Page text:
Skip to Main Content

This guide is intended for the person playing the standardized patient during the patient interview.

Student(s) completing this activity should NOT read this guide as it is meant to provide the answers to questions asked by the student(s) during the patient interview.

The following bullet points are helpful hints for the standardized patient to perform the patient interview:

  • Student(s) will spend 15 minutes interviewing you.

  • You will be playing the role of patient Jacqueline Scarr. Pages 3–6 are a guide for portraying this patient role.

  • If you are asked a question and the answer is not provided in this guide you can answer, "I’m not sure."

  • Stay in character for the duration of the interview.

  • Listen to the questions the student(s) ask you. Do your best to answer the question that was asked. For example if a student asks, “Do you take medications?”, respond with “Yes.” If the student asks, “Tell me what medication you take,” respond with, “I take Livalo, fenofibrate, Zetia, and Tylenol.” Then let the student ask you the dosages and directions for use that you take for each of these medications.

  • Do not withhold patient information but be aware that the students need to prompt you for the information to provide.

  • Pages 7–8 is a letter with lab results to give to the student. You forgot to include this letter with the MTM Intake Form. Make sure to give this letter to the student(s) by the end of the patient interview. This letter can be placed where the student(s) see it when entering the room for the patient interview.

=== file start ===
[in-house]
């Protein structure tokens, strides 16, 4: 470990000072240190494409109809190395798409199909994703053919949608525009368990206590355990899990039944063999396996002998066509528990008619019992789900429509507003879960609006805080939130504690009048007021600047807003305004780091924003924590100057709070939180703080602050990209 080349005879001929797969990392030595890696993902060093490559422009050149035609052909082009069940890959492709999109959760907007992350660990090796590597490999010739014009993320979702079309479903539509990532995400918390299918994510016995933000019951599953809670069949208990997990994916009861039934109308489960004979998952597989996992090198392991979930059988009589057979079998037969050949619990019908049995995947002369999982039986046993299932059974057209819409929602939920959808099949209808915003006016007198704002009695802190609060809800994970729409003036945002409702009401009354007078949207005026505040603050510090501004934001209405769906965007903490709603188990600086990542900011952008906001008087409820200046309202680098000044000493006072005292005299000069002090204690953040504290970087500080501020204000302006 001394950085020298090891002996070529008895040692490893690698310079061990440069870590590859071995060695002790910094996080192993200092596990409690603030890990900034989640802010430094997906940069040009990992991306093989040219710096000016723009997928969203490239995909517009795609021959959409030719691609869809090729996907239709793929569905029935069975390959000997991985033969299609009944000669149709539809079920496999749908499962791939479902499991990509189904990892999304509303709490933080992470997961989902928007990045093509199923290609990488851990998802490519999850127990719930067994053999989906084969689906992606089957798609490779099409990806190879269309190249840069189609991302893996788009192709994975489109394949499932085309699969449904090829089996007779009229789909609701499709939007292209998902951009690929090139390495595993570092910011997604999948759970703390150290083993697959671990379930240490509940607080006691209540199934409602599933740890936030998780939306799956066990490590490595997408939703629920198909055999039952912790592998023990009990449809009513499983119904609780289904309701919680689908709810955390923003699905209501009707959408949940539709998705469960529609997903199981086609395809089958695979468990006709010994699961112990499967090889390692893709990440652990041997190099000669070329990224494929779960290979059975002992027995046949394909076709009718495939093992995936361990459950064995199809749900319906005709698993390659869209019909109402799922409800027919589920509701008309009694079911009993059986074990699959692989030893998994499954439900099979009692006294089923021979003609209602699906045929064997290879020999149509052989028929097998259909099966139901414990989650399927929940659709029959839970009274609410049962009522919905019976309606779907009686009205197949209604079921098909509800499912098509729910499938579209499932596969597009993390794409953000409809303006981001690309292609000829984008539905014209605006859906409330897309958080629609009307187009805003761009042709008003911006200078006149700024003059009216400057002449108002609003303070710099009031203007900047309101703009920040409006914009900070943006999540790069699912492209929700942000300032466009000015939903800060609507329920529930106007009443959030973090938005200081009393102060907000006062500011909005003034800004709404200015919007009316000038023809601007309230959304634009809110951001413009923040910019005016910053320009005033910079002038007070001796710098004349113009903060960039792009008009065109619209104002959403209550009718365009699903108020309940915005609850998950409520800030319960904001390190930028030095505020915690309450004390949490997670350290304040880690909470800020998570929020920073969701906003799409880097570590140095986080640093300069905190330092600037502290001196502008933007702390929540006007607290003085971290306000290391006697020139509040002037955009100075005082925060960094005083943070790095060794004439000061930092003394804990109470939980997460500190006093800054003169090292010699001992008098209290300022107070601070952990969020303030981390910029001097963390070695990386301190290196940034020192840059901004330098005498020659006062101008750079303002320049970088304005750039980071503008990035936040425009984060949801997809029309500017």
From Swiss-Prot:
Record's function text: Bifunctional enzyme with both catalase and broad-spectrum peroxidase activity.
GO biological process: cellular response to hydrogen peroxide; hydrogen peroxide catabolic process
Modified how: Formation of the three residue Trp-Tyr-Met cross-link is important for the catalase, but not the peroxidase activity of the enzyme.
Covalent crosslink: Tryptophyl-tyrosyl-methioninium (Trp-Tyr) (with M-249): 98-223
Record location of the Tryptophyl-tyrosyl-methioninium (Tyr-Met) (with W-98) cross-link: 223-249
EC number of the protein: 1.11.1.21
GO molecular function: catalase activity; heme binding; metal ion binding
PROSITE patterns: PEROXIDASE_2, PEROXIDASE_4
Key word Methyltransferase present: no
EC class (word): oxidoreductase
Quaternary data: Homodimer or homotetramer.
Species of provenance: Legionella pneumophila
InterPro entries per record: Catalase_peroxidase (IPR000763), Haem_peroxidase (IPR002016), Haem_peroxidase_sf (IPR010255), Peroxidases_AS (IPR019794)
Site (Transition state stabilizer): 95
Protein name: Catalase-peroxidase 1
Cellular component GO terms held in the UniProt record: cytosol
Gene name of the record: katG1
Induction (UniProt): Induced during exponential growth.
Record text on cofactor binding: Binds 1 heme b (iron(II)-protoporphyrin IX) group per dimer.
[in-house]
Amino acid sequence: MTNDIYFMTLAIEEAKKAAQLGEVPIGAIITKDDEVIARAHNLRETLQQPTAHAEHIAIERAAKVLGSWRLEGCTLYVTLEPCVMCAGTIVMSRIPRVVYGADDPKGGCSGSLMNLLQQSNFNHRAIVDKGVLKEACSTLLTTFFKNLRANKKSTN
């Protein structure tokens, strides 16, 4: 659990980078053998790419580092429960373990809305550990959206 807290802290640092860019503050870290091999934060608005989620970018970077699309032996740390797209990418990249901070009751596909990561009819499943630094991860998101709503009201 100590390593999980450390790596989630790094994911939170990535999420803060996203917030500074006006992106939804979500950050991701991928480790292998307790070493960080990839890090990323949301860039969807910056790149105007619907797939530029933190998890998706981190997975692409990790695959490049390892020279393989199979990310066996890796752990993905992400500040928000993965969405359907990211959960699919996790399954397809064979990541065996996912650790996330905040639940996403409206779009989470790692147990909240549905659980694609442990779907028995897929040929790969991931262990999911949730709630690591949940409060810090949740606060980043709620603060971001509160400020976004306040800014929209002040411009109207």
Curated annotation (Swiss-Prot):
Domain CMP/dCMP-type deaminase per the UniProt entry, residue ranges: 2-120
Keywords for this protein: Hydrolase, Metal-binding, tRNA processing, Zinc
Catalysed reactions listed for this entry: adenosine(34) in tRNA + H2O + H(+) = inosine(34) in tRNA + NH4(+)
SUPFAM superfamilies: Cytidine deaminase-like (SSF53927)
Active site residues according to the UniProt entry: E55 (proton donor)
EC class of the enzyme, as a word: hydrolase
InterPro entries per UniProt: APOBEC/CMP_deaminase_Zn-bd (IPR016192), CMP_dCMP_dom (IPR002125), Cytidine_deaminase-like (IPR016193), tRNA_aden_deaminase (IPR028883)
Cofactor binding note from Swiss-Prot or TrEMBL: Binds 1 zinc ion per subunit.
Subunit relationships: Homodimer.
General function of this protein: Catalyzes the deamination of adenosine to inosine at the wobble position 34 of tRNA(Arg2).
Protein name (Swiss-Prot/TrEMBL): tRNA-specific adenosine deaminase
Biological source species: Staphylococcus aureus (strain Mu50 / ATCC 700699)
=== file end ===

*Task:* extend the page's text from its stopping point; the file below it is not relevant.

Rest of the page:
• If the student asks if you were fasting when this lab work was taken, respond with “Yes.”

    • If the student asks if a liver function test was included in this lab work, respond with “Yes.”

Standardized Patient Guide

  • Name: Jacqueline Scarr

  • Date of Birth: 3-10-1973 (Today’s date 10-1-19)

  • Age: 46

  • Sex: Female

  • Primary Care Doctor: Dr. Amazo


Normal appearance, normal dress

Why are you here today?

“I really just want to know that what I’m taking is the best thing for me. Three medications seems an awful lot of meds for just one problem, especially when that Livalo is so expensive.”

What has happened?

You (Jacqueline Scarr) are presenting to the MTM clinic today for a follow-up on hyperlipidemia, which you call, “my fats issue.” This is your first MTM consult to date. Dr. Amazo, your PCP, saw you 1 week ago and prescribed two new medications for hyperlipidemia at that time. Before that, you saw Dr. Amazo 1 year ago, at which time he prescribed the statin Livalo. Between these two PCP office visits, you went on an extended vacation traveling the world that was paid for with lottery winnings. ...

Pop-up div Successfully Displayed

This div only appears when the trigger link is hovered over. Otherwise it is hidden from view.